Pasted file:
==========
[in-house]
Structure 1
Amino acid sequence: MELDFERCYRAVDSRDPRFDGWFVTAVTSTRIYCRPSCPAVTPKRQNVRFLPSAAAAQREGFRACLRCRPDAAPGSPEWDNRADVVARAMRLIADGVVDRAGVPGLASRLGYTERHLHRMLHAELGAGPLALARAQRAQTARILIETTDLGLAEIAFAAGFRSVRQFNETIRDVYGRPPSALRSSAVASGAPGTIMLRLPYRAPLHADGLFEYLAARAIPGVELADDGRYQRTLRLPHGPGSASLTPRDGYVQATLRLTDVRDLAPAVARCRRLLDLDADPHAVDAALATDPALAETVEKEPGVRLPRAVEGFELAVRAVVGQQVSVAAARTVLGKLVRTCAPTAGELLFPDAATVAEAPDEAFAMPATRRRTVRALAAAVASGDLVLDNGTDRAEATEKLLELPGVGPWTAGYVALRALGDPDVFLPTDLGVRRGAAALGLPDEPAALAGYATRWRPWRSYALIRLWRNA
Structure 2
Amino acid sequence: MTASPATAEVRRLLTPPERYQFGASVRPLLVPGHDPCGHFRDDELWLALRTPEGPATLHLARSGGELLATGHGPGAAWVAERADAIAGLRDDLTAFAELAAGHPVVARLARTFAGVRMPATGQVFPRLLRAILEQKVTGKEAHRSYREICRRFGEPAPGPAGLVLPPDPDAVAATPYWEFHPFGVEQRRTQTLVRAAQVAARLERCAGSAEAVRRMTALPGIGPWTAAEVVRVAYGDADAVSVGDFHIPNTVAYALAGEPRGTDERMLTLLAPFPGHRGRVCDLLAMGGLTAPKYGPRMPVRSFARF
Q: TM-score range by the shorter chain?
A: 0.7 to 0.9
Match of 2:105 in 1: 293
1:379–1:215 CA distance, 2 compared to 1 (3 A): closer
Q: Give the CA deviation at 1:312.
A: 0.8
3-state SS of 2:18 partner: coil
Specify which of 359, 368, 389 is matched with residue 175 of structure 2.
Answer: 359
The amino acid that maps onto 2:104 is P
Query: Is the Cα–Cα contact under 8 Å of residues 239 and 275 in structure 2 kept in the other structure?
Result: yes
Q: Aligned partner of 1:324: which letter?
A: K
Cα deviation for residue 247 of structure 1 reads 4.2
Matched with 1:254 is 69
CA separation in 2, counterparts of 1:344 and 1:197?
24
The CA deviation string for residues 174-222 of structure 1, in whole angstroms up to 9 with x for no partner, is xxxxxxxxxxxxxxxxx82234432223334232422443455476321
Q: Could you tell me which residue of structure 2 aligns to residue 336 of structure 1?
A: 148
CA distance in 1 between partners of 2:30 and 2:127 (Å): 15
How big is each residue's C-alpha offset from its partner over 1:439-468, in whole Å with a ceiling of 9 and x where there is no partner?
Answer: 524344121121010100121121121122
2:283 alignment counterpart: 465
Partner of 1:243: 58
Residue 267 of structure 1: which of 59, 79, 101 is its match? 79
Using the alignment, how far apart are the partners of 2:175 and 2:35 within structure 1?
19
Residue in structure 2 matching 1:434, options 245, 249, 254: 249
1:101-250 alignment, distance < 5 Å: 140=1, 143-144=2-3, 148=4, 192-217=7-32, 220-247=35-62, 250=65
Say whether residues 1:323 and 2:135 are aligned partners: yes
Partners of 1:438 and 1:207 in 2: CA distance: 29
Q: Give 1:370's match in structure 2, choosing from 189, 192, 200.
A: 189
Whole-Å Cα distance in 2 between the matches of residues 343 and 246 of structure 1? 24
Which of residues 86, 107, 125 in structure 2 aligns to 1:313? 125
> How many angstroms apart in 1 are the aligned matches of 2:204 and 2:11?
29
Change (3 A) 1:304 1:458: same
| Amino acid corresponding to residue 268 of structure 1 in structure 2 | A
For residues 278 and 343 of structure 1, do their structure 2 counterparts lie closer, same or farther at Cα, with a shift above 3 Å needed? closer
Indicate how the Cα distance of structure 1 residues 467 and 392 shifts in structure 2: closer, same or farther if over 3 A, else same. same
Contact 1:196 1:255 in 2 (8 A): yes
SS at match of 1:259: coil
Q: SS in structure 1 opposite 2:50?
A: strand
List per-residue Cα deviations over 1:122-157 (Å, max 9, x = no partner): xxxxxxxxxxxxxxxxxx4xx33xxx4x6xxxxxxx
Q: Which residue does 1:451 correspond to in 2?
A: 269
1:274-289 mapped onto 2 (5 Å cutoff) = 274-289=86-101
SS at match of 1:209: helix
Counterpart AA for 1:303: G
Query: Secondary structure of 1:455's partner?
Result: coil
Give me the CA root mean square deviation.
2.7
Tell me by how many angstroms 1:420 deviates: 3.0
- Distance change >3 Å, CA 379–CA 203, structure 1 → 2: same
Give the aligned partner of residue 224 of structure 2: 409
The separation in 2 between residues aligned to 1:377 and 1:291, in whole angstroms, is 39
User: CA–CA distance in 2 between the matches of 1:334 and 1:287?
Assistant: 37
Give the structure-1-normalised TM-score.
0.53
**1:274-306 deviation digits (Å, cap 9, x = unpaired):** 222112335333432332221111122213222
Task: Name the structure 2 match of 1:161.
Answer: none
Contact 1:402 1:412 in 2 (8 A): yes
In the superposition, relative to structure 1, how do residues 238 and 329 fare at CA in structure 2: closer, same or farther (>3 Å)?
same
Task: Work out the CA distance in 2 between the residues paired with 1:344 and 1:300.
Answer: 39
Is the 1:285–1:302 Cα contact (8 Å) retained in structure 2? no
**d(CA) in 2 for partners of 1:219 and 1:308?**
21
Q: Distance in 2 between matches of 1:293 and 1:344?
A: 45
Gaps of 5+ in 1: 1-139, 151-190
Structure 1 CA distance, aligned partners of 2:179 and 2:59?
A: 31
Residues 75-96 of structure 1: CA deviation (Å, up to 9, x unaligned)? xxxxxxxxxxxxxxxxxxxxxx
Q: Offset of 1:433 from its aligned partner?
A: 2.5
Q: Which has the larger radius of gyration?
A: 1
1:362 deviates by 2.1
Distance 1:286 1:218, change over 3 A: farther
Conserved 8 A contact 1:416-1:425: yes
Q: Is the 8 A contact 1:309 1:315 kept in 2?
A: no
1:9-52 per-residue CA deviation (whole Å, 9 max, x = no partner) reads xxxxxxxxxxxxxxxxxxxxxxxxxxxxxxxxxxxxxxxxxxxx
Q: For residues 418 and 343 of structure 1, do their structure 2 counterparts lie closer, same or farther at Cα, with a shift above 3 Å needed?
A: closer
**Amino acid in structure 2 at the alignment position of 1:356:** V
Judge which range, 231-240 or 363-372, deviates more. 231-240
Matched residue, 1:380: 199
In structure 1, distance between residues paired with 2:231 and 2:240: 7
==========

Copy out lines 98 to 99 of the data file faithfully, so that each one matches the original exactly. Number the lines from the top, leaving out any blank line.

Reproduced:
Q: For residues 418 and 343 of structure 1, do their structure 2 counterparts lie closer, same or farther at Cα, with a shift above 3 Å needed?
A: closer